It is 2030 and there have been no downsides from paying barristers peanuts.
Criminal barristers in England and Wales have ended their strike over abject pay, provoking dismay among junior barristers who wanted to reject the government's deal.
The barristers went on indefinite strike six weeks ago in protest at the UK government's "insufficient" support for legal aid. They revealed how chronic underfunding meant they were earning as little as £139 a case, and in some instances less than £20,000 a year.
I became a criminal barrister in 2019. That year I earned £17,300. In 2020 I earned £16700. In 2021 I earned £20,090. At the end of every month I spend more money than I make. This is why I am striking. @TheCriminalBar #barristerstrike #supportthecriminalbar #strike— Zayd Ahmed (@lawyerzayd) June 27, 2022
Criminal barristers initially rejected the government's proposal to raise the legal aid budget by 15%. Jo Sidhu KC, then the chair of the CBA, told RollOnFriday that rocketing inflation would wipe out the increase before it ever reached the barristers' threadbare pockets.
Calling for a 25% rise, Sidhu said criminal barristers had "already suffered an average decrease in our real earnings of 28%" over the past 20 years.
An impasse was reached when the Ministry of Justice under Dominic Raab refused to budge, and rejected calls to apply any fee increase to the backlog of 60,000 cases jamming up the courts. Raab "expressly slammed the door shut on any negotiation with the CBA", said Sidhu.
But after new PM Liz Truss binned Raab, incoming Justice Secretary Brandon Lewis reopened talks and agreed that a 15% rise could apply to the backlog. He also offered additional payments for court preparation work which criminal barristers said they were undertaking for unsustainably low fees.
The revised offer prompted 57% of the 2,605 CBA members who voted in the CBA's ballot to take the deal, with 43% tuning it down.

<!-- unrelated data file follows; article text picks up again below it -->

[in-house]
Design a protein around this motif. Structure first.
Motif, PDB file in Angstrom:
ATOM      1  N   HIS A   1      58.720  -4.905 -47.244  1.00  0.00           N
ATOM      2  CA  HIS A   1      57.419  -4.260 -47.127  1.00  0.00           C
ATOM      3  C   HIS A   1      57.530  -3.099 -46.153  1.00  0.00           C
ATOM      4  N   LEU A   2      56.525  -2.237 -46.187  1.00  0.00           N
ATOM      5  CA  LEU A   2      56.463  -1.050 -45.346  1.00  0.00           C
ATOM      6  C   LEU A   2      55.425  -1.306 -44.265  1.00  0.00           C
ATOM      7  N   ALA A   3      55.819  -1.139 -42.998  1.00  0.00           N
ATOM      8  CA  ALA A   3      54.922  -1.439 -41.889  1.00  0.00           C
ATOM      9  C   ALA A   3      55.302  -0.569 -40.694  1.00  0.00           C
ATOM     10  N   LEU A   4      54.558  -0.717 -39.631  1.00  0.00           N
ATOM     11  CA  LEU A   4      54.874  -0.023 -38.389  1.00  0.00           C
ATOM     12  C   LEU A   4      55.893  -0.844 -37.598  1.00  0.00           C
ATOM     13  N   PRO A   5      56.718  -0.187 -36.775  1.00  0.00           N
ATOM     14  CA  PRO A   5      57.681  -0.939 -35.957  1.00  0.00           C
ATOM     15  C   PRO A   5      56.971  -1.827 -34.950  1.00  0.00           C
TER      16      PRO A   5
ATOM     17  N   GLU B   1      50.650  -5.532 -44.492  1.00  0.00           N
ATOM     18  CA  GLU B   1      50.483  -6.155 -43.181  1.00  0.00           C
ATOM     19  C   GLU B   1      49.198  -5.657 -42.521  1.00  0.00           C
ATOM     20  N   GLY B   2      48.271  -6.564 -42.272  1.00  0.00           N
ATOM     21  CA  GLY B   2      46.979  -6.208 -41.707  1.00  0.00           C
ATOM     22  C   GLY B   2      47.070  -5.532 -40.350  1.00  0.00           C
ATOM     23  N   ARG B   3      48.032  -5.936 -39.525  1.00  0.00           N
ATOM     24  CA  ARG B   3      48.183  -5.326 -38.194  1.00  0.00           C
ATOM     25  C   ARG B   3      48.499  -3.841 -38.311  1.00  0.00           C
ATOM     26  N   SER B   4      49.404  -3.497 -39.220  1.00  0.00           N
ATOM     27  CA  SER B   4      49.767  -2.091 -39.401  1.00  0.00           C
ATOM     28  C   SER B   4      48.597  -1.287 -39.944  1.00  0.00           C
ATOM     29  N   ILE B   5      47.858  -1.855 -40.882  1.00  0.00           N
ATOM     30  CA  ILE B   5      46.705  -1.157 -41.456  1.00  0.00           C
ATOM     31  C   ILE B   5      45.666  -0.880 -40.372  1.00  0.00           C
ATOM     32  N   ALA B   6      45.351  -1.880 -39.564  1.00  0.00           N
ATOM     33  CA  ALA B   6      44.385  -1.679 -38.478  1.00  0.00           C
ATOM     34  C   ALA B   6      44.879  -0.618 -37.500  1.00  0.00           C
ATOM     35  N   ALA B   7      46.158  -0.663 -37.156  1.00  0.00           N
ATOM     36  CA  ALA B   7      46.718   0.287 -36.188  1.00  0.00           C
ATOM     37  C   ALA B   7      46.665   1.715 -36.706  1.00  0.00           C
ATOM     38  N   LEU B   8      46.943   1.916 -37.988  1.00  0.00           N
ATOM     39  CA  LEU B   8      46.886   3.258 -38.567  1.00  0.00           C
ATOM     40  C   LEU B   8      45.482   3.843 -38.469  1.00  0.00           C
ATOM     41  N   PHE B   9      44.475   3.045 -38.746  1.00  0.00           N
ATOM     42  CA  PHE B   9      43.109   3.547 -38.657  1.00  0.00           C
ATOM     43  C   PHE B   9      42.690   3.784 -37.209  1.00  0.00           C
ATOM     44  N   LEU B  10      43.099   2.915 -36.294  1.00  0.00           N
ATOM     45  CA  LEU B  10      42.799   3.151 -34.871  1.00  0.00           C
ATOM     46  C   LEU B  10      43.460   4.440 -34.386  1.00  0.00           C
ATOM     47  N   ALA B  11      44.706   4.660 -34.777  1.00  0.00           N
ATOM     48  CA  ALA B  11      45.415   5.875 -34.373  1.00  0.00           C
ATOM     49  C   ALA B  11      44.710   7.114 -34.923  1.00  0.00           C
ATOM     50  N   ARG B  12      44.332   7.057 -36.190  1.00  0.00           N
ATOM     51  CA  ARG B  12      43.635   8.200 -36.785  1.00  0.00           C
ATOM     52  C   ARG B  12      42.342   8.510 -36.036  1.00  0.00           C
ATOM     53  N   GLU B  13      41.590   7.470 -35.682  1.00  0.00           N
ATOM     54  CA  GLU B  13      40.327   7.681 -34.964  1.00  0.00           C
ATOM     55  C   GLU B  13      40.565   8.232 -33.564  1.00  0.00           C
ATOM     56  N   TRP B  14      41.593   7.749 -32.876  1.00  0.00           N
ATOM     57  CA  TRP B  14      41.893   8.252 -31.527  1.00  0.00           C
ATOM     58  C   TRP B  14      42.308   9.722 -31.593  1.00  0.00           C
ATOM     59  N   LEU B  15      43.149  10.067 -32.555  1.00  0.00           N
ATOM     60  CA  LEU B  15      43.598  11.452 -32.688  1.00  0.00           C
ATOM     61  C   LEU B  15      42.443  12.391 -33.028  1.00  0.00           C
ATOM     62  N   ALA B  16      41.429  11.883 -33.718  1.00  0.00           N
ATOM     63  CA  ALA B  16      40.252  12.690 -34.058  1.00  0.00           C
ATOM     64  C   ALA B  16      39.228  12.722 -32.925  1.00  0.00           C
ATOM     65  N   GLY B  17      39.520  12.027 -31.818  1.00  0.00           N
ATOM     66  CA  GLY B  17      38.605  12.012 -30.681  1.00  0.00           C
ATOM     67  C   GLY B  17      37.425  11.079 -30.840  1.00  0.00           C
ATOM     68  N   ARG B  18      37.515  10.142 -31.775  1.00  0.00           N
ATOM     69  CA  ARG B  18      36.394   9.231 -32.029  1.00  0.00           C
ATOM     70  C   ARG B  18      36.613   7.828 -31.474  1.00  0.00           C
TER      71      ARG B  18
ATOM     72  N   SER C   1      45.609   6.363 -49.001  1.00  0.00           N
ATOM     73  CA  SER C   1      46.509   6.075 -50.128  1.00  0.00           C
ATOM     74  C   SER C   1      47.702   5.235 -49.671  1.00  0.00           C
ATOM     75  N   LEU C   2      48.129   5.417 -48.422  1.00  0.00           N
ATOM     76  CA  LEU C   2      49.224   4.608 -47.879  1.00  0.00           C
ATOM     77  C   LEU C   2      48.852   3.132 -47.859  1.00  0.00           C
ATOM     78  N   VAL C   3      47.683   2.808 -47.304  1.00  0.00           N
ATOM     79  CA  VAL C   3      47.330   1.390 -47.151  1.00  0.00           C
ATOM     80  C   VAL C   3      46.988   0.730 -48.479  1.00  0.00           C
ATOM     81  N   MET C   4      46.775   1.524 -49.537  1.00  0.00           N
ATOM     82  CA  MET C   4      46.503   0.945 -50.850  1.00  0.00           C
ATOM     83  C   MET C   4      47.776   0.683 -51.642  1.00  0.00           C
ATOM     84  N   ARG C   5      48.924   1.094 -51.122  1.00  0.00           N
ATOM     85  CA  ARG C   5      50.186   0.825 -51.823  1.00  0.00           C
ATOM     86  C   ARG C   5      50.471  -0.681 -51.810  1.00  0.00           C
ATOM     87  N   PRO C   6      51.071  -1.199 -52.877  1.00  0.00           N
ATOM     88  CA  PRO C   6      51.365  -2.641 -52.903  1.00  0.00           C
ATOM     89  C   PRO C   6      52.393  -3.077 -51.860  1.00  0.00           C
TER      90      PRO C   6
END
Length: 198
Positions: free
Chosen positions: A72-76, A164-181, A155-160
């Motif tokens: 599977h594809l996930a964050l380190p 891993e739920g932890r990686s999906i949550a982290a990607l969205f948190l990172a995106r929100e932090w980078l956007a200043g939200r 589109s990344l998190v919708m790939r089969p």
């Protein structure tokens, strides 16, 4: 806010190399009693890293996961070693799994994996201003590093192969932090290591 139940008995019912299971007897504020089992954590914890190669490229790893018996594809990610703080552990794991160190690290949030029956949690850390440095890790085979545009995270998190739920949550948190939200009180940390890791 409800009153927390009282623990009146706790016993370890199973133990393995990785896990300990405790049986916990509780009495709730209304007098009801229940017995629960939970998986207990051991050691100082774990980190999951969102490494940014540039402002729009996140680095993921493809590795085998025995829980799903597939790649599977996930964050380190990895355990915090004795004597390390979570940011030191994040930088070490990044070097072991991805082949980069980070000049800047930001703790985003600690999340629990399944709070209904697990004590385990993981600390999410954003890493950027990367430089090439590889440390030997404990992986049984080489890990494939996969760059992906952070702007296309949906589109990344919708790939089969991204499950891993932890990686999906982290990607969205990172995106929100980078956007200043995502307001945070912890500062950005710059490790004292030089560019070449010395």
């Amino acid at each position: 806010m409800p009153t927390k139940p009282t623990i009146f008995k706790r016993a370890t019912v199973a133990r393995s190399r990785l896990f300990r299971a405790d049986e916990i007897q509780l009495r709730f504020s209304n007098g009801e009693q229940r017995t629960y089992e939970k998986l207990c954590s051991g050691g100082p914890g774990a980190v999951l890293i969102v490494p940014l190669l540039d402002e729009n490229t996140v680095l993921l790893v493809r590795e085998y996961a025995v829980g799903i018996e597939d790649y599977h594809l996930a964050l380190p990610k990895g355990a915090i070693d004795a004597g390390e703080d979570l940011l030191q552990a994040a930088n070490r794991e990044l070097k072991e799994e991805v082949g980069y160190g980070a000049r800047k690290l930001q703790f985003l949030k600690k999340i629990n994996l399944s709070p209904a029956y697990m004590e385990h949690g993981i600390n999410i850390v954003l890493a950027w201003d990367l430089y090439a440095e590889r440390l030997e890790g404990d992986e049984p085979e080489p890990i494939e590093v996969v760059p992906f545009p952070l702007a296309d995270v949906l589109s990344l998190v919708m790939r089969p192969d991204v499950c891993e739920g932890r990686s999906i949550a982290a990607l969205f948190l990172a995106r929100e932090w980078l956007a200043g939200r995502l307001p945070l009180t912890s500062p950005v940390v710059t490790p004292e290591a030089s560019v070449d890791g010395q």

Mark Fenhalls KC, Chair of the Bar Council, said he was pleased the deal passed and said the MoJ's offer was "the culmination of many months of work and pressure, and unprecedented personal sacrifice by barristers".
Lewis said he was "glad that barristers have agreed to return to work" and characterised the deal as the two sides "coming together and restarting what I hope to be a constructive relationship".
But some junior criminal barristers who voted 'no' called the truce a disaster. Kate Riekstine, a barrister at Rose Court Chambers, said "I feel so broken. And let down. And hurt".
"I honestly think we signed the death warrant for the criminal bar", Riekstone told the Guardian. Describing how she was now considering leaving law to become a social worker, because “at least you get sick pay and annual leave”, Riekstone said all she had wanted was for criminal practice to "be survivable and I feel like we’ve lost that now".
Matthew Ryder KC pointed to a suspected generational split, with older barristers putting up with a 15% rise as they had banked most of their earnings, paid off their mortgage and were on their way to retirement, while younger barristers could not make the figures add up to justify spending the rest of their careers in criminal law.
Ryder said, "I’ve heard many say younger barristers voted to stay on strike to secure decent legal aid into the future, while older practitioners voted to take what they could now".
He predicted, "Years from now, when we look back at this moment, history won’t be kind to those older briefs".